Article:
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Ovid (2709)

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Stuff with the Perl Foundation. A couple of patches in the Perl core. A few CPAN modules. That about sums it up.

Journal of Ovid (2709)

Sunday June 05, 2005
11:15 PM


[ #25050 ]

While doing some research a few days ago I found myself reading a paragraph that seemed very familiar. In digging around, I found the other news story I was looking for. Several sentences were duplicates and several were subtly altered, but it was the same paragraph. The stories, I might add, were over a year apart and were by different authors.

While it could very well be that this particular news source has an internal practice of allowing reporters to borrow copy from one another without attribution, I'm not aware this is a common practice (of course, I am not a journalist, either.) Further, with all of the recent high profile plagiarism cases, it seems less likely than ever that news organizations would tolerate this practice. In trying to research whether or not the reporter in question had plagiarized any other work, I quickly found that, while it's easy to compare two paragraphs, it's not easy to compare one story to hundreds of others. Automation is the way to go.

Many of the tools I found on the CPAN seemed too low level for this type of work, so I started writing Text::Plagiarized. It's not on the CPAN, nor is it available for download. However, after a bit of research, I found it was suprisingly easy to do a basic analysis (well, the code is easy to use. I threw away three implementations before I stumbled on the "easy" one.)

my $text = Text::Plagiarized->new;
foreach my $comparison (@comparison_texts) {
  print $text->percent, $/; # percent of matching sentences
  if ($text->percent > $some_threshold) {
    # arrayref of array refs with [$sentence, $possible_match]
    print Dumper($text->matches);

You can tweak how "sensitive" you want the matching to be, but so far, it handles fuzzy matching like the following two texts:

my ($text1, $text2) = (<<"END_FIRST", <<"END_SECOND");
This is some text that might be plagiarized.  Whether or not it has
been can be difficult for a simple program to detect.  The writer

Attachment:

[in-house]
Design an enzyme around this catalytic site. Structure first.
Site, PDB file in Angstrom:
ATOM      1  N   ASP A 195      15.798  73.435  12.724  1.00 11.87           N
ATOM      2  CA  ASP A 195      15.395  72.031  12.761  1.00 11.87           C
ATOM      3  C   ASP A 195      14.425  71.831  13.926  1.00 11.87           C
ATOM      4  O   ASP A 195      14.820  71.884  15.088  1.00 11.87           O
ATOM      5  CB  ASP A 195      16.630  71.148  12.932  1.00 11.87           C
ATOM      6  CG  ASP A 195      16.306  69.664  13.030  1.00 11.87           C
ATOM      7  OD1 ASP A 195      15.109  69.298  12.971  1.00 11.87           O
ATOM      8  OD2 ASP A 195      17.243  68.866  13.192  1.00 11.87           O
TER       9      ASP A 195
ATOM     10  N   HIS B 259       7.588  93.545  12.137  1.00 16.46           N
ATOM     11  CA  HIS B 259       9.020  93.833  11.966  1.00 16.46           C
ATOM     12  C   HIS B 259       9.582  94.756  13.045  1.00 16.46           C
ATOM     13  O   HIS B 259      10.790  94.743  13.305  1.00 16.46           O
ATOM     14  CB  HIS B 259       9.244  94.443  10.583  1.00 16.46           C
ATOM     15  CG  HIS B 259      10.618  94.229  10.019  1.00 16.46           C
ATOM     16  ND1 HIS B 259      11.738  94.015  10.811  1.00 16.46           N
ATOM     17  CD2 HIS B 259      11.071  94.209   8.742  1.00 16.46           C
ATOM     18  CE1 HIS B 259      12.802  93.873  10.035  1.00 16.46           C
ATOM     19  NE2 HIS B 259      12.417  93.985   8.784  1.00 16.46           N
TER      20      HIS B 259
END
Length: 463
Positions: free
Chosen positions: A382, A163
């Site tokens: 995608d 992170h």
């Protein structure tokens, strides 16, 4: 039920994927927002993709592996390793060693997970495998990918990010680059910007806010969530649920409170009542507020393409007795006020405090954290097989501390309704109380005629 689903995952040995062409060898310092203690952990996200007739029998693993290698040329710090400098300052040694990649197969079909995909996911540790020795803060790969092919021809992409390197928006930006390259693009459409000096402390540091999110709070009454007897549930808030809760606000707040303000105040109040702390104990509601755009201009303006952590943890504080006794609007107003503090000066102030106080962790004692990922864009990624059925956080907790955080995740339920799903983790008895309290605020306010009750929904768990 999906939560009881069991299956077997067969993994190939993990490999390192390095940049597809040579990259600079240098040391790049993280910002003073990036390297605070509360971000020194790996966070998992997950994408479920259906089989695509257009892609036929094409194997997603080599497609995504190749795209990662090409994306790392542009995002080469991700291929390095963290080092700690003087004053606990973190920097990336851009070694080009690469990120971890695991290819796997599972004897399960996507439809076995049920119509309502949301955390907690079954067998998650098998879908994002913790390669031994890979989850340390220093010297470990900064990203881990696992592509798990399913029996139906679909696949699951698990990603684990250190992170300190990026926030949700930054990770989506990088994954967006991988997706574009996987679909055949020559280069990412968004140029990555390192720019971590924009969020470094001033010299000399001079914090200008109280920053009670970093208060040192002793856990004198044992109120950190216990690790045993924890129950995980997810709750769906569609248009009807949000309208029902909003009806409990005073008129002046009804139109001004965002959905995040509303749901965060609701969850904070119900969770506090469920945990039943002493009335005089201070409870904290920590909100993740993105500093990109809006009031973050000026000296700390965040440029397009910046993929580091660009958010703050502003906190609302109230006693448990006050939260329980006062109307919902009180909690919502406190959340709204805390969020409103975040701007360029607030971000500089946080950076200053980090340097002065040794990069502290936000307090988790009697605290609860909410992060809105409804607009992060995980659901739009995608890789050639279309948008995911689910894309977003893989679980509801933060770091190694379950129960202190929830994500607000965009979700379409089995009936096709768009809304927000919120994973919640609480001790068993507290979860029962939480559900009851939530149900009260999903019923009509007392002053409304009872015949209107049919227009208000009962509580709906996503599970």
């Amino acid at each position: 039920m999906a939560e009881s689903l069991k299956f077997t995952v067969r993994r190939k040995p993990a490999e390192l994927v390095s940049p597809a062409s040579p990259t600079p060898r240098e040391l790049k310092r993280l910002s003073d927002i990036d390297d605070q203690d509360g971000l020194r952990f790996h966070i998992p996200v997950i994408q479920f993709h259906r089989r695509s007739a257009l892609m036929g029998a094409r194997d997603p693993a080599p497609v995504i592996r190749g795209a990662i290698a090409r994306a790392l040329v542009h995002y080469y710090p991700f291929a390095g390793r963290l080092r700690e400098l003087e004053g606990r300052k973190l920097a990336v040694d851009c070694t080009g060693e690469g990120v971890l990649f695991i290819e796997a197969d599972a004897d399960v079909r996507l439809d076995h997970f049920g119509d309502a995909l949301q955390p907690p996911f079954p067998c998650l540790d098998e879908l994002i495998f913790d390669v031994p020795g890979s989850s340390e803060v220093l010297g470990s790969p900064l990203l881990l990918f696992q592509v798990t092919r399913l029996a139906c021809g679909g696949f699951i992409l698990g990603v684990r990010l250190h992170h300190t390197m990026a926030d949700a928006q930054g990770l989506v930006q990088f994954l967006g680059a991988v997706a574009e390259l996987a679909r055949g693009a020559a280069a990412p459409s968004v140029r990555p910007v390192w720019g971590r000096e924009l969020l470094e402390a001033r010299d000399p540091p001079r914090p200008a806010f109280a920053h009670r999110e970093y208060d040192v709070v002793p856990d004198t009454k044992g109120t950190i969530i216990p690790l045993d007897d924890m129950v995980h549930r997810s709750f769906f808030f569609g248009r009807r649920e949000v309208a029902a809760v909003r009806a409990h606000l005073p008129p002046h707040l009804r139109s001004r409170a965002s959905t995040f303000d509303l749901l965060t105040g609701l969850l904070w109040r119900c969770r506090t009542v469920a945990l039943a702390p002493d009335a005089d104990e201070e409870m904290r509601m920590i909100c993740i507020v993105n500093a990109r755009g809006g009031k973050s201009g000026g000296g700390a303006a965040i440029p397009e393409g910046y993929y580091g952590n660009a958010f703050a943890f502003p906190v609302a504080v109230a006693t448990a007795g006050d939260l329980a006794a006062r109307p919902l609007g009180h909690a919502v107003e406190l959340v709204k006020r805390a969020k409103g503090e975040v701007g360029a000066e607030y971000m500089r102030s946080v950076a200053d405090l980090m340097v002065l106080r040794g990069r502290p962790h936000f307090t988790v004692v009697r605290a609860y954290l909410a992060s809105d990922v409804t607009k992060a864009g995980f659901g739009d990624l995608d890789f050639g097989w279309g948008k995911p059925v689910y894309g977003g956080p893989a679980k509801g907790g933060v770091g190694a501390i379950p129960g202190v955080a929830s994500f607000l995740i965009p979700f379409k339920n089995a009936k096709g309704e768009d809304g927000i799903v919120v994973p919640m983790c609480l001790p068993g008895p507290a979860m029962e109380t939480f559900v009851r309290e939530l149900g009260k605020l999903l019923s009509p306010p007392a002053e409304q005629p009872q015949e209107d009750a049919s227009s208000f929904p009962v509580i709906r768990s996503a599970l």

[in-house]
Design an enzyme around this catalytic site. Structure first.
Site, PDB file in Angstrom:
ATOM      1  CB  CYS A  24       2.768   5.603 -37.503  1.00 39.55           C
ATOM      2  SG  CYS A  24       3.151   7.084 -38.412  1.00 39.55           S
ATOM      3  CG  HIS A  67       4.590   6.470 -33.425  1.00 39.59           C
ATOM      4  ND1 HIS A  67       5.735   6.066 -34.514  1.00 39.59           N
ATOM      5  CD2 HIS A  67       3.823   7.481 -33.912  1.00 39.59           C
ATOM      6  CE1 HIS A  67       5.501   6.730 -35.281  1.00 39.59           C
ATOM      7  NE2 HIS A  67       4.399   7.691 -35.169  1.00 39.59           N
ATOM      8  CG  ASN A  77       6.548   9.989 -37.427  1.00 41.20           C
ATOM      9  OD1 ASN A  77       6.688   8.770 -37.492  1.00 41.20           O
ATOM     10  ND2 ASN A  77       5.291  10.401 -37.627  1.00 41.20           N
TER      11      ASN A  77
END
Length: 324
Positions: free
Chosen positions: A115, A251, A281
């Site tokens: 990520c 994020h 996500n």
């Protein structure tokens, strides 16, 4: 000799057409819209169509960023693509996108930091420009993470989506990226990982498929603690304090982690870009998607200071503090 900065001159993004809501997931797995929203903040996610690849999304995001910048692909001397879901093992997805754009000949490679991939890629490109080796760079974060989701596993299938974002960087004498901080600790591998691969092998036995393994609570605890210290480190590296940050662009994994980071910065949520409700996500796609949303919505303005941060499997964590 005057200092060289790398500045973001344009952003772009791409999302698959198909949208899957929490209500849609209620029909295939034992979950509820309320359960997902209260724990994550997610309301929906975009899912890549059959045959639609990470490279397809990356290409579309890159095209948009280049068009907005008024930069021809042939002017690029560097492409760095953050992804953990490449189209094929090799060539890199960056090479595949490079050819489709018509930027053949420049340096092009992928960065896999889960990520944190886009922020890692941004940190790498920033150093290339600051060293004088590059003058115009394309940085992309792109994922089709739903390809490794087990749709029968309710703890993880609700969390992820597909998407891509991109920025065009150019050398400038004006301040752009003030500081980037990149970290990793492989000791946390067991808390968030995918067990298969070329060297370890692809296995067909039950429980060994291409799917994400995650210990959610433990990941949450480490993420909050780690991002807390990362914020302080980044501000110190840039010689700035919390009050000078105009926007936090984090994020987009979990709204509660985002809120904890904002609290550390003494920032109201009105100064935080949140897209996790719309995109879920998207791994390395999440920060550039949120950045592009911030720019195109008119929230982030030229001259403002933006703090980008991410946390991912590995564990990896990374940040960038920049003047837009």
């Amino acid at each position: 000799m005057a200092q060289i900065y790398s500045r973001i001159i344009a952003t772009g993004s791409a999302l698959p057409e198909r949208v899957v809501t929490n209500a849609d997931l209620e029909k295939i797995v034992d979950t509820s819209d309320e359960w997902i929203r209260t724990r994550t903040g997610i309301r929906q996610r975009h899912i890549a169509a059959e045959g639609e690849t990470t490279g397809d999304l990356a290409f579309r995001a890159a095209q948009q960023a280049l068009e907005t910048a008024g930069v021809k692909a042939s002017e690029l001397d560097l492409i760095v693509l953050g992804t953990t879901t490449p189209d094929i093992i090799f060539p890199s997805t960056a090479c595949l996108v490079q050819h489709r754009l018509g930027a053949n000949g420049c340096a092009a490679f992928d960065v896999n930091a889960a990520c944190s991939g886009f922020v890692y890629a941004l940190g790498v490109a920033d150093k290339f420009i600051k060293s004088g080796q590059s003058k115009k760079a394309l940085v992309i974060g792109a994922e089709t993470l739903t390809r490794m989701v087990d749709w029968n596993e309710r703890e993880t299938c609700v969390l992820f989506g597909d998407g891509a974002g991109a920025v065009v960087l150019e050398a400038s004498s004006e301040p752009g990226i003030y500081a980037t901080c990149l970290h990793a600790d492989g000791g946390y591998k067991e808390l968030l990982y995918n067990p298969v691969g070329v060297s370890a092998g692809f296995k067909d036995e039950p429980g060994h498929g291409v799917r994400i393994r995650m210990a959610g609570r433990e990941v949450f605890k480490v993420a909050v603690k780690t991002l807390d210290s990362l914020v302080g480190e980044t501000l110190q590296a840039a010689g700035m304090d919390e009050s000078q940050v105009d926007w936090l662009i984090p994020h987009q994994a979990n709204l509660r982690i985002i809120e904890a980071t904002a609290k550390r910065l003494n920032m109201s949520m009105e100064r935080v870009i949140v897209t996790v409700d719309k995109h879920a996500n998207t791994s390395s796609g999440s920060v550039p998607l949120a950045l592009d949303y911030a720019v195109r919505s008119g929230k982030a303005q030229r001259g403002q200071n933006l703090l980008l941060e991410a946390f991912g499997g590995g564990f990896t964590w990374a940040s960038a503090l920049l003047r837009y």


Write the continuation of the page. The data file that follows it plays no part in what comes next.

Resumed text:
may simply change a few words here and there.  He or she might add
some extra punctuation or just throw in an extra sentence or two.
However they do it, there is usually some subtle difference between
the original and the copy.
This text might be plagiarized.  Whether or not it has been can be
difficult for a simple program to detect.  The writer can simply
change a few words here and there or they might add some extra
punctuation.  However they do it, there are usually subtle
differences between the original and the copy.

At the default threshold (80% match), only the first sentence in those paragraphs fail to match. Merely setting the threshold to 74% will pick up that first sentence.

For some reason I feel a bit uncomfortable about releasing this. I'm not sure why. In any event, it's not done, so I have time to think about this. I don't account for mispellings or stemming, the interface might change, and it seems fairly fragile in odd corner cases.

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  • Try turning that loose on SEC filings. They tend to be heavy on formalized boilerplate, giving you great fodder.
  • Perhaps you're looking at only one aspect of how a module like this may be used. Yes, it can be used for detecting plaigarism, should the user choose to do so. But it can also be used as a similarity detection metric; which has uses far beyond seeing if journalists borrowed copy or if students cribbed essays.

    Related articles ? contextual matching ? I can think of a few more uses for this type of module. I'd actually like to see how you do it, out of academic interest.

    • Good idea. Text::Related would be one possibility. This would be perfect for an open-source google news. I'd love to use the code, if you ever decide to release it.

      -DA []

    • Because of the way the code is designed, I seriously doubt that it could be used for related articles or contextual matching. It's slow, but that's because of the algorithm I chose (which turned out to be surprisingly faster than some of the other options I was looking at.) It does a sentence by sentence comparison to determine "how far apart" two sentences are in terms of insertions, deletions and replacement. If they're close enough (under the user defined threshold), then a match is reported. It's th

  • ...those horrible "scouring your site for term papers" people would start using it within miliseconds of hitting the CPAN :)
    • Actually, the term papers people already use a fairly algorithm. I used to work at a company which did something similar. The basic algorithm was similar to rsync, using hashes for blocks of tokens.